|Posted by Julian at Jan 22, 2005 9:25:36 PM|
Re: Is Sword for Windows Dead?
Actually, Wxwidgets doesn't use "generic widgets" but is rather a wrapper to each OS's native widgets. Therefore, something developed using Wxwidgets will use native Windoze widgets when run on Windows, native OSX widgets when run on Mac & native Gnome widgets when run on Linux. As it states on the WxWidgets page:
wxWidgets defines a common API across platforms, but uses the native graphical user interface (GUI) on each platform, so your program will take on the native 'look and feel' that users are familiar with.
Where a specific widget is supported on one platform but not another then it emulates the native widget's look & feel. Also, because WxWidgets uses native widgets, they run faster with less object bloat than other cross-platform tools such as GTK+ or QT. Windoze users would feel right at home using a Wxwidgets app. The only question really is whether Wxwidgets is robust enough to perform the kind of layouts that Sword for Windoze does - namely, multi-row tabs, on-the-fly resizing of sub-windows, help pop-ups, etc. Having just started with Wxwidgets myself via WxPython, I can't really give an answer to those questions yet. The app I'm developing is more static in its display than Sword needs to be. . .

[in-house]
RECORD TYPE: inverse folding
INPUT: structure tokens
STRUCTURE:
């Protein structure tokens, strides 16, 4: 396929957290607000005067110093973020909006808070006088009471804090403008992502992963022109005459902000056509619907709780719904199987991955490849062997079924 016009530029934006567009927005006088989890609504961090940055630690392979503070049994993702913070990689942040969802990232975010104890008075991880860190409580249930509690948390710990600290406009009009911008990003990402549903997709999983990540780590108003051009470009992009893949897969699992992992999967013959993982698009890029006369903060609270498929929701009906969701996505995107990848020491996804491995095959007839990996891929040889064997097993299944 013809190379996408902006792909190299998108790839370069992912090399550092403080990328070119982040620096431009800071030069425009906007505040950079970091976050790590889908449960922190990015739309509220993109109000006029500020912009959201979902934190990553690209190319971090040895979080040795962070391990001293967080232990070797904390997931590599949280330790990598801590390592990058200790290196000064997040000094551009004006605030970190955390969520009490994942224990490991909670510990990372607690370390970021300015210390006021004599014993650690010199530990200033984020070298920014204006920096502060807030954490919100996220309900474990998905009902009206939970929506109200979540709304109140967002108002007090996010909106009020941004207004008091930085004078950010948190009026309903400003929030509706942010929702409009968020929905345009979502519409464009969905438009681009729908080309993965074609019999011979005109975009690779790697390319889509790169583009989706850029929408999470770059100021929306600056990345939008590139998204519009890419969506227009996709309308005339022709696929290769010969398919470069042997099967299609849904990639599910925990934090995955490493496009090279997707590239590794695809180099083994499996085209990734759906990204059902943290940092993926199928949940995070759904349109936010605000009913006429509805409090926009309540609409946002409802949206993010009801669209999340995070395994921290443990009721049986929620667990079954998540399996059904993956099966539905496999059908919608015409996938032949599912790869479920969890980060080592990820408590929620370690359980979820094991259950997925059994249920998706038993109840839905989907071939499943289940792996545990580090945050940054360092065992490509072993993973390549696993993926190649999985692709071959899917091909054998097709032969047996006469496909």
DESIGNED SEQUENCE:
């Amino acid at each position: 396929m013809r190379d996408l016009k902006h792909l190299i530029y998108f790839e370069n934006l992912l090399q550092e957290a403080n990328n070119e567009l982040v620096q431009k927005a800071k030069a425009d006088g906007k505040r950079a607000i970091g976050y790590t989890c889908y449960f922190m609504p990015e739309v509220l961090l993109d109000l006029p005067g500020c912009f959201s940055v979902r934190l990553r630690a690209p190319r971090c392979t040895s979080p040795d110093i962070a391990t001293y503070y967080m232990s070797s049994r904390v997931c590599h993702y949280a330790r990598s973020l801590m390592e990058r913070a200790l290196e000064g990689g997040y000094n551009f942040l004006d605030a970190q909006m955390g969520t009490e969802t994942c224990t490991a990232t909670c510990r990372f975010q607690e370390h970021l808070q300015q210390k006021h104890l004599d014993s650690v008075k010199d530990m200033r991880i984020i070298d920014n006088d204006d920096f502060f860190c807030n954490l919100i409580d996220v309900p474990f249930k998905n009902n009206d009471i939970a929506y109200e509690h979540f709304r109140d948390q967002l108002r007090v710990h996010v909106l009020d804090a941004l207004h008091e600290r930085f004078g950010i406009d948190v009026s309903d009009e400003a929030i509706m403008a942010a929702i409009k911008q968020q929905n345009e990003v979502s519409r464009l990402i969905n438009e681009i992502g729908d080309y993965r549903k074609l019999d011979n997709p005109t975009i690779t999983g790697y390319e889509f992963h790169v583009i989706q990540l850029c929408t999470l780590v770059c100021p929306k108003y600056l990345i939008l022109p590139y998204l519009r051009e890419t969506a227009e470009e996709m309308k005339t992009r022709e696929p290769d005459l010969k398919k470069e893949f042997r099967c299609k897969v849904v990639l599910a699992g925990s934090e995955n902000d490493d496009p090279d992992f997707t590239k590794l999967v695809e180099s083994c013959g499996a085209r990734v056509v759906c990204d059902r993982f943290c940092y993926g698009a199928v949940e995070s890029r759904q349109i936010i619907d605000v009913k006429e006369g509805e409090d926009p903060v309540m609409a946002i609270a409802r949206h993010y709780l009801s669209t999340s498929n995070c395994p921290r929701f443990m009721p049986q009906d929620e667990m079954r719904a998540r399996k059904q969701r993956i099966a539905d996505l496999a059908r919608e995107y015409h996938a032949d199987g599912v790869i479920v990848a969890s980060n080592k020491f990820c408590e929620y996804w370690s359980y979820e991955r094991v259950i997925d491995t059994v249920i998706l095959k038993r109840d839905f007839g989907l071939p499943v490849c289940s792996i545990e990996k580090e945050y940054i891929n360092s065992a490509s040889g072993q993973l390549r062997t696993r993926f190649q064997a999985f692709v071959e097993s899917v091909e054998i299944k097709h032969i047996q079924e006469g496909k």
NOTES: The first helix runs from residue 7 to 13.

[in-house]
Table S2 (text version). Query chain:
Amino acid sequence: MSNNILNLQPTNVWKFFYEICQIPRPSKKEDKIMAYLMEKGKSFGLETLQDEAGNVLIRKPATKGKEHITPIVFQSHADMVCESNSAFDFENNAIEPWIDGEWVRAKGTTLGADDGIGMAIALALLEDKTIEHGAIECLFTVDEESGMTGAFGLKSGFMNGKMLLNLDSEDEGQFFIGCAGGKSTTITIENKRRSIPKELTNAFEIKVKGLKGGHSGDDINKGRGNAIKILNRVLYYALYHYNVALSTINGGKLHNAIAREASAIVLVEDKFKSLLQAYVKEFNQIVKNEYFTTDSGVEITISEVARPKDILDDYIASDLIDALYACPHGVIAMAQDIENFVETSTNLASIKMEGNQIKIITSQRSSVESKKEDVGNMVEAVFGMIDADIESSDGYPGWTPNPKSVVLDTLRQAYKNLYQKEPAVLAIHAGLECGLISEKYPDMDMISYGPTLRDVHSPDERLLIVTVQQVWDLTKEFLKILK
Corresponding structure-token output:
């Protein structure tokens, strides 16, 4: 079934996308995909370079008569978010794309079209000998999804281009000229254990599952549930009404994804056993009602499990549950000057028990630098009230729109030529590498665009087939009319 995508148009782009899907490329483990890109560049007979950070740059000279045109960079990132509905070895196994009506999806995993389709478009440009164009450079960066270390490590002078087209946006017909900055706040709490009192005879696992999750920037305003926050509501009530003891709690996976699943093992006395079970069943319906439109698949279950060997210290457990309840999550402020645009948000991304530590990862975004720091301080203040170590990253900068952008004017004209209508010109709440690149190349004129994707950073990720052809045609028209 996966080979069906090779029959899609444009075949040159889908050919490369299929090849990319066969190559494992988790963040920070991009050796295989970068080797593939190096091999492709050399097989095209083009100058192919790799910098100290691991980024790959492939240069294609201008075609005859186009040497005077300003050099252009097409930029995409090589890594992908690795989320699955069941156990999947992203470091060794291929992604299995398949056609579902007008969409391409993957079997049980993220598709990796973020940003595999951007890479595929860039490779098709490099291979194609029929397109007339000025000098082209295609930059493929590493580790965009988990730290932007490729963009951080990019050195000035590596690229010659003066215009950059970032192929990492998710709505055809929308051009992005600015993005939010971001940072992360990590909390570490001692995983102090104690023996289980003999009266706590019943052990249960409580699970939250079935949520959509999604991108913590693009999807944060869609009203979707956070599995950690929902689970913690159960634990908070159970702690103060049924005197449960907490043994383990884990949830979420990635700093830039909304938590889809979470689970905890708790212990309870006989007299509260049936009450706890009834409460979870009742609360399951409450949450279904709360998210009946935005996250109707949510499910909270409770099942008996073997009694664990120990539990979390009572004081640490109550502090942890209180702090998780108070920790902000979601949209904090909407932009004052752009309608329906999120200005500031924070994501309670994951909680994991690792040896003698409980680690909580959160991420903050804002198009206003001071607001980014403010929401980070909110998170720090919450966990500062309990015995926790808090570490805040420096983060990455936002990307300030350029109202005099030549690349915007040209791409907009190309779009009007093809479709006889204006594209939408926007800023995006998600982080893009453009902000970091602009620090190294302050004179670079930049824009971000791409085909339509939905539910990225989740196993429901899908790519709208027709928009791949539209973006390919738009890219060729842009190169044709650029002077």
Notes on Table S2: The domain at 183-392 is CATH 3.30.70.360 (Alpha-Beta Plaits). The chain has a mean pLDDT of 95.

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May 28, 2015 5:22:13 PM